Skjerve, Ann Britt.

Simulator-based Human Factors Studies Across 25 Years The History of the Halden Man-Machine Laboratory / [electronic resource] : edited by Ann Britt Skjerve, Andreas Bye. - London : Springer London, 2011. - XX, 364 p. online resource.

1. The Use of Simulators in Human Factors Studies Within the Nuclear Industry -- 2. The History of HAMMLAB -- 3. The Purpose of HAMMLAB and the Theoretical Basis for Experimental Research -- 4. Methodological Challenges in HAMMLAB -- 5. Simulator Studies – The Next Best Thing? -- 6. Human Performance and Plant Safety Performance -- 7. More Than Forty Years of Operator-Process-Communication Research -- 8. Experiments with Conventional and Advanced Modes of Instrumentation in HAMMLAB -- 9. The Advanced Control Room Project ISACS -- 10. Alarm Systems -- 11. Information Display Design: Three Attempts at Superseding the Traditional Process Mimic Display -- 12. Staffing Levels: Methods for Assessing Requirements -- 13. Computerized Procedures -- 14. Can Human Operators and High-Level Automatic Systems Work Together? -- 15. Task Complexity - What Challenges the Crew and How Do They Cope? -- 16. International HRA Empirical Study, Overall Methodology and HAMMLAB Results -- 17. Work Practices and Cooperation in a Near Future and Far Future Operational Environment -- 18. Augmented and Virtual Reality Research in Halden 1998 – 2008 -- 19. Knowledge Transfer to Industry from HAMMLAB Related Research Activities -- 20. Human Performance Research and Its Uses to Inform Human Reliability Analysis -- 21. Studies for the Future.

The Halden Man-Machine Laboratory (HAMMLAB) has been at the heart of human factors research at the OECD Halden Reactor Project (HRP). The HRP is sponsored by a group of organizations representing nuclear power plant regulators, utilities, research institutions and vendors. The HRP is hosted by the Institute for Energy Technology (IFE) in Halden, Norway. HAMMLAB comprises three full-scale nuclear power plant control room research simulators. The simulator studies performed in HAMMLAB have traditionally been experimental in nature. In a simulator it is possible to study events as they unfold in real time, in a highly realistic operational environment under partially controlled conditions. This means that a wide range of human factors issues, which would be impossible or highly impracticable to study in real-life settings, can thus be addressed in HAMMLAB. Simulator-based Human Factors Studies Across 25 Years celebrates the twenty-fifth anniversary of HAMMLAB by reviewing the human factors studies performed in HAMMLAB across this time-span. A range of human factors issues have been addressed, including: • human-system interfaces; • alarm systems; • computerized procedures; • human-automation interaction; • staffing and teamwork; and • human reliability. The aim of HAMMLAB studies has always been the same: to generate knowledge for solving current and future challenges in nuclear power plant operation to contribute to safety. The outcomes of HAMMLAB studies have been used to support design and assessment of nuclear power plant control rooms.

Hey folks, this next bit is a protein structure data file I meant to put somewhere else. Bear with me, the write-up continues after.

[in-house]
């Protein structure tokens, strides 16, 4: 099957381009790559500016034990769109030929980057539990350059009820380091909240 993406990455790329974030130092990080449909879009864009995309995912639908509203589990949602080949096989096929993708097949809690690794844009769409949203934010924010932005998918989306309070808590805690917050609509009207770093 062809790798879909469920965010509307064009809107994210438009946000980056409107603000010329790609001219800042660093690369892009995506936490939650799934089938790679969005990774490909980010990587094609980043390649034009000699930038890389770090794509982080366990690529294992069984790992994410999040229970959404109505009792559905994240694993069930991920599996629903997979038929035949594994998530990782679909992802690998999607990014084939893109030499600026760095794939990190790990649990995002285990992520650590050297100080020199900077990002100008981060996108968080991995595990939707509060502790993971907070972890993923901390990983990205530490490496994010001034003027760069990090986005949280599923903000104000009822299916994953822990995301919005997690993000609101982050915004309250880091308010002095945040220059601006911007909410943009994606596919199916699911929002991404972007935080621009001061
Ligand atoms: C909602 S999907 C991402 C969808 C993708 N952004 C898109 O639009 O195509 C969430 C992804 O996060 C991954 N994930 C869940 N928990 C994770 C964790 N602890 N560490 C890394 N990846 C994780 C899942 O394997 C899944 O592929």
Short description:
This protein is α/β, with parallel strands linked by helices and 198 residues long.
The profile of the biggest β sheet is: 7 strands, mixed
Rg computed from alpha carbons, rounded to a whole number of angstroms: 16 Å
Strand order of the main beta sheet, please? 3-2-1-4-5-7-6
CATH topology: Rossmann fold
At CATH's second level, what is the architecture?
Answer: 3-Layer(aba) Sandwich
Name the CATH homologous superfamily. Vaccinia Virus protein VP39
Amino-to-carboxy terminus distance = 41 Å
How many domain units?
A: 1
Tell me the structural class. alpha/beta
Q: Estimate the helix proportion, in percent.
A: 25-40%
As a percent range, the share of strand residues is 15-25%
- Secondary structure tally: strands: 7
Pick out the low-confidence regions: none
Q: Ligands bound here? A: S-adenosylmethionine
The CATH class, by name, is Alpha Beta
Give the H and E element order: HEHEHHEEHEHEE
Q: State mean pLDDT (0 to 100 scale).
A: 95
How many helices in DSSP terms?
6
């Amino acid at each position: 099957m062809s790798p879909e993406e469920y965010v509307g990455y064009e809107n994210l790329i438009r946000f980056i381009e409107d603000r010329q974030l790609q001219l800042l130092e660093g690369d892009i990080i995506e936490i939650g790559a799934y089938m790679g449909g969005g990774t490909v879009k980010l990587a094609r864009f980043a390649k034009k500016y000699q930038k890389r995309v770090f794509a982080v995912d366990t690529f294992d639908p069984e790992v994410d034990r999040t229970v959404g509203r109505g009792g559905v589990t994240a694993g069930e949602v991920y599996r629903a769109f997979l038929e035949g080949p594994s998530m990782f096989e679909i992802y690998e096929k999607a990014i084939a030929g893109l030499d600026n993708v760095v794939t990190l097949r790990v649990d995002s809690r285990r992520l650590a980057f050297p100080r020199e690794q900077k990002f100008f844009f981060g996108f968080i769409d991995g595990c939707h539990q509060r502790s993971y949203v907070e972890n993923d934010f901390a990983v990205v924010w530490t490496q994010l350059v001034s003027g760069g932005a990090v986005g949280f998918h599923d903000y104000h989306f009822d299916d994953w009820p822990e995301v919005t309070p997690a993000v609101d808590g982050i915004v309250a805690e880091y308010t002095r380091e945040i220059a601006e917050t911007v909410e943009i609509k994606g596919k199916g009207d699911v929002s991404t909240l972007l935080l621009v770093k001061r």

9780857290038

10.1007/978-0-85729-003-8 doi


Engineering.
Software engineering.
System safety.
Nuclear engineering.
Engineering.
Quality Control, Reliability, Safety and Risk.
Nuclear Engineering.
Special Purpose and Application-Based Systems.

TA169.7 T55-T55.3 TA403.6

658.56

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